For the big-spending Parisians it has been another woeful European campaign, and their focus will quickly turn to domestic matters for the rest of the season after their pool formalities are concluded.
But for the leading trio in this pool, results this weekend could leave them all vying for qualification in the final two rounds in the new year.
Montpellier v Glasgow; Leinster v Bath (Both Saturday)
Leinster’s win in Bath kept up their unbeaten start to their defence of the trophy and put them firmly in pole position in pool three.
Having wasted numerous chances at the Rec, they had to dig deep late on to avoid defeat and really open up the pool, and will now look to wrap up their place in the last eight in the next couple of matches.
Sir Ian McGeechan’s side will be frustrated that they weren’t able to see out a famous win, and now the odds of getting out of the pool is stacked against them.
In the other match, Glasgow know that they need to come up with a big away performance to keep on the tail of Leinster and maintain their hopes of winning the pool.
Montpellier have found the going tough in their debut Heineken Cup season, and the Warriors will fancy their chances of producing a big result in the Stade Yves-du-Manoir to at least keep up hopes of a best runners-up spot.
Aironi v Ulster; Leicester v Clermont Auvergne (Both Saturday)
With three teams still harbouring genuine hopes of qualifying for the quarter-finals, this Saturday could prove pivotal to who will make it out of one of the toughest pools in this year’s competition.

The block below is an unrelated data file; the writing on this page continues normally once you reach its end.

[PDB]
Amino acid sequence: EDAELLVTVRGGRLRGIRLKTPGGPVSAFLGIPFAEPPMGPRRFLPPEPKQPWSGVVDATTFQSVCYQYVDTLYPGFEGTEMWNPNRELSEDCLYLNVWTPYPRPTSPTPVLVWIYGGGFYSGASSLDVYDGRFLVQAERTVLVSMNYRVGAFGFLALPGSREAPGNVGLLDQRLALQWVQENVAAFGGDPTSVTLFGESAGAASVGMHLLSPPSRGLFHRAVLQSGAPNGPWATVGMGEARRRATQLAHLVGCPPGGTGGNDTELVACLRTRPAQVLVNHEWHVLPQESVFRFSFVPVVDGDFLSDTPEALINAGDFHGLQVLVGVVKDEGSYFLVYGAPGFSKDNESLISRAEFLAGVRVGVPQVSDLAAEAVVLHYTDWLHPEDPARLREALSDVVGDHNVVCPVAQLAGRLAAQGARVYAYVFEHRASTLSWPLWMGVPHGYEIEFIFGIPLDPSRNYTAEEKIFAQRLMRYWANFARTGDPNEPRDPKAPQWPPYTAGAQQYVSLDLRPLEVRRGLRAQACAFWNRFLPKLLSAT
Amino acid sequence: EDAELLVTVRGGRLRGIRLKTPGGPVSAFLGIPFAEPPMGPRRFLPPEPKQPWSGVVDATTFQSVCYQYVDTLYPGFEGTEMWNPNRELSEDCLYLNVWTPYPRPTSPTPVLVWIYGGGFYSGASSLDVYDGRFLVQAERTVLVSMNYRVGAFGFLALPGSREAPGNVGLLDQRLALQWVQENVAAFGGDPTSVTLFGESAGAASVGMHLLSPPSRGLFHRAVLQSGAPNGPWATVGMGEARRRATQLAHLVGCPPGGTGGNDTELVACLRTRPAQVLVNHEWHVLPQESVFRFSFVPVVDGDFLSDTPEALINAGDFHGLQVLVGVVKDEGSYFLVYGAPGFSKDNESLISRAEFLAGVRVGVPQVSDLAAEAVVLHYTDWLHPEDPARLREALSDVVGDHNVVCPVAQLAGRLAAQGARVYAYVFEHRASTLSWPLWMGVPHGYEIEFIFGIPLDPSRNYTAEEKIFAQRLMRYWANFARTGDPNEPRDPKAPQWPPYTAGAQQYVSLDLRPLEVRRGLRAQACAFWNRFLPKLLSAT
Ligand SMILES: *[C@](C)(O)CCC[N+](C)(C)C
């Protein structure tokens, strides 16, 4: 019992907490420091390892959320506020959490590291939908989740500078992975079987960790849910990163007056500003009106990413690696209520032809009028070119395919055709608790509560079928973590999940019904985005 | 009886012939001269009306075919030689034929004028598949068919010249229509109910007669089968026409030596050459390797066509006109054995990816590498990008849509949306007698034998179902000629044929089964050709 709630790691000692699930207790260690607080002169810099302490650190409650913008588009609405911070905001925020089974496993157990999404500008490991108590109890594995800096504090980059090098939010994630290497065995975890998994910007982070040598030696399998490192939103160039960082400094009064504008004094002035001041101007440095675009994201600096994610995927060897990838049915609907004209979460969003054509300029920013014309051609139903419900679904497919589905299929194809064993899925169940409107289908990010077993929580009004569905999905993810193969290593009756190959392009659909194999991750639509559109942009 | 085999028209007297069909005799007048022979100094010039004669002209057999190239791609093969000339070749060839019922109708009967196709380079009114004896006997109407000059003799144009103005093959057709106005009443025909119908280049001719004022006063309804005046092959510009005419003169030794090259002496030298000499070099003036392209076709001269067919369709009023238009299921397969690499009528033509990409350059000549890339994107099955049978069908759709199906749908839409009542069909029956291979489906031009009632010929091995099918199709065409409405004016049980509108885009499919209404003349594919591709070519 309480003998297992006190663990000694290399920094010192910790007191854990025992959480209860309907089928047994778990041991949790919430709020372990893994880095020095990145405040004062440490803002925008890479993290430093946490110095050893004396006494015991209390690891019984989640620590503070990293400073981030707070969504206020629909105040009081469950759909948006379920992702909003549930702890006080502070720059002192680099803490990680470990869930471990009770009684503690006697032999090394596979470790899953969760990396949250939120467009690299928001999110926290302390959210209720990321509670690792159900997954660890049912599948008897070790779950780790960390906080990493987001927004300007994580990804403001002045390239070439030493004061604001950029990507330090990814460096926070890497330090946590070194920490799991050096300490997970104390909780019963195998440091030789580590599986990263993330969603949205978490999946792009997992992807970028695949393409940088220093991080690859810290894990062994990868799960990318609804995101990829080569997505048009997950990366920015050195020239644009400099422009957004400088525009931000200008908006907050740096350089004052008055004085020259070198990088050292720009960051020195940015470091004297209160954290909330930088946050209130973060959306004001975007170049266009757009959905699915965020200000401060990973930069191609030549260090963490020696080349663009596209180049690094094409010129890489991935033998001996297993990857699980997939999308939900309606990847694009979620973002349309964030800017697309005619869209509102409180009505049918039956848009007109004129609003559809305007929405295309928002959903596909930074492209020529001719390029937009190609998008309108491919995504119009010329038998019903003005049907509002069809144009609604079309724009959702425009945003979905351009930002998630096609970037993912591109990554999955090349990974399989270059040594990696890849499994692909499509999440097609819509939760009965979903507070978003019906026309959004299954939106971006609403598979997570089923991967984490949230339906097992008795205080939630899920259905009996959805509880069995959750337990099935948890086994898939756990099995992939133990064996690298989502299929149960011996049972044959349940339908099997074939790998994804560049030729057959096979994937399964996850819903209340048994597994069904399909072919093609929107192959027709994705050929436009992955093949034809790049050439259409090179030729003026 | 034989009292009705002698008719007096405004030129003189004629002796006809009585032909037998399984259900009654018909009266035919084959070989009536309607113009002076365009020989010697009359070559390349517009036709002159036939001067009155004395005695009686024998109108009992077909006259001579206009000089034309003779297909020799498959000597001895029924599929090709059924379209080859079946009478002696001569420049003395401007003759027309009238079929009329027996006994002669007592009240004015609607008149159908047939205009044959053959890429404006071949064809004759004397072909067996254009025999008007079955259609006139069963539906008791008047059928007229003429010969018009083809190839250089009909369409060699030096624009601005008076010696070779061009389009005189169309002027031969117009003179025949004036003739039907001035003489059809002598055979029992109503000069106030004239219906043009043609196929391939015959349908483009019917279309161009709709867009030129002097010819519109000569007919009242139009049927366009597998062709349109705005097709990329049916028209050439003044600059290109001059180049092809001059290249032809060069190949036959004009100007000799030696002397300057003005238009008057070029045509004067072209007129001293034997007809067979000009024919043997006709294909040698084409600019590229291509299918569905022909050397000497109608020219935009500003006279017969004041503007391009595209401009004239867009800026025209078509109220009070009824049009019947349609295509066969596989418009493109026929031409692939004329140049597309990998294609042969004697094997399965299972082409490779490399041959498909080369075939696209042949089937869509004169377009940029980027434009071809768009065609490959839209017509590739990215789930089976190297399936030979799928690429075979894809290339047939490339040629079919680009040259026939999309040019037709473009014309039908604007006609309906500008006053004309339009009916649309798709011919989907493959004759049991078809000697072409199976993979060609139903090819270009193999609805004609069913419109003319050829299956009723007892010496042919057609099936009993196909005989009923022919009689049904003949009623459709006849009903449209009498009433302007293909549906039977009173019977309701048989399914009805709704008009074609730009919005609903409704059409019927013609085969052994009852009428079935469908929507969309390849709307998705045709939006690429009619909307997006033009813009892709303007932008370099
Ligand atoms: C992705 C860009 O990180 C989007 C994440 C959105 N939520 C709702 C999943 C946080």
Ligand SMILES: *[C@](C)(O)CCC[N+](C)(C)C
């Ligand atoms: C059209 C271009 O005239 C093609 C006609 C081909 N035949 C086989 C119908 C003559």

Leicester will have spent this week regathering their focus after being outclassed by a Clermont side that have won their last 35 competitive games at home.
But on the road they are a very different prospect, as are the Tigers in their own backyard; Richard Cockerill’s men will know a win at Welford Road, as well as denying Clermont a bonus point, will be crucial to their chances.
As for Ulster, the other side in the pool four running, they will be expected to pick up a win away at an Aironi side that must be wishing this Heineken Cup campaign can finish as quickly as possible.
Having seen Leicester fail to take maximum points from their trip Italy, it’s a chance for the Irish province to gain an extra point on their rivals, which could be all important come the end of the pool.